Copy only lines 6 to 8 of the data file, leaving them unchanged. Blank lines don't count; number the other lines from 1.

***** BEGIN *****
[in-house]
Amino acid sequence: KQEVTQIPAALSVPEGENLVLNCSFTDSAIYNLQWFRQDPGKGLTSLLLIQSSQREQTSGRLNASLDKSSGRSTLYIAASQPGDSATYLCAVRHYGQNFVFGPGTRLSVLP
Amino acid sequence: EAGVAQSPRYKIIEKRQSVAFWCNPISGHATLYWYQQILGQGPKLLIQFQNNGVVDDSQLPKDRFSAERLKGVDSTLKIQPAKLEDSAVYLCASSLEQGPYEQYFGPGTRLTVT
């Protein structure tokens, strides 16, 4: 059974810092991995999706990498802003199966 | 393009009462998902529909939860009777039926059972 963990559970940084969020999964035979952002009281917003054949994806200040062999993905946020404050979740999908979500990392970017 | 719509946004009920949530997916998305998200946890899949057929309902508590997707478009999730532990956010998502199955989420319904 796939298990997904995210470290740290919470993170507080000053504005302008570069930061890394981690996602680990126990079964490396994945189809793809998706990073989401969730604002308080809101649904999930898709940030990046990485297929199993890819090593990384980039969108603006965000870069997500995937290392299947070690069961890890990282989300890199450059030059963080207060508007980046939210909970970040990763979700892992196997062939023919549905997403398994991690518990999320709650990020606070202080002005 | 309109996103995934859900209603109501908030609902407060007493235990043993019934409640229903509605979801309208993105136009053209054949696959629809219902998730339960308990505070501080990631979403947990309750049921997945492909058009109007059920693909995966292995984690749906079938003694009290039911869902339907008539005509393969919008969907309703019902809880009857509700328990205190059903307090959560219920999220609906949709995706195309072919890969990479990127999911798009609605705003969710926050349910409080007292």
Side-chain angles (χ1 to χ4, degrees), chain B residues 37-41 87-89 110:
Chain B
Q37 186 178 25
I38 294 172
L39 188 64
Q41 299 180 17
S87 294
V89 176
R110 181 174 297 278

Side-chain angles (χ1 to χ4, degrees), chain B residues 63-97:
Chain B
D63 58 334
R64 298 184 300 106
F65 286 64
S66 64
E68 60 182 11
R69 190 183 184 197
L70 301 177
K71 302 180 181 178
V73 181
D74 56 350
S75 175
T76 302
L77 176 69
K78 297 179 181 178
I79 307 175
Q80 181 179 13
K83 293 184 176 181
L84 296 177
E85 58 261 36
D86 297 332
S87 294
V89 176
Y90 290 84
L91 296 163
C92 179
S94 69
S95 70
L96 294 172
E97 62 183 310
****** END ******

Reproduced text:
Chain B
Q37 186 178 25
I38 294 172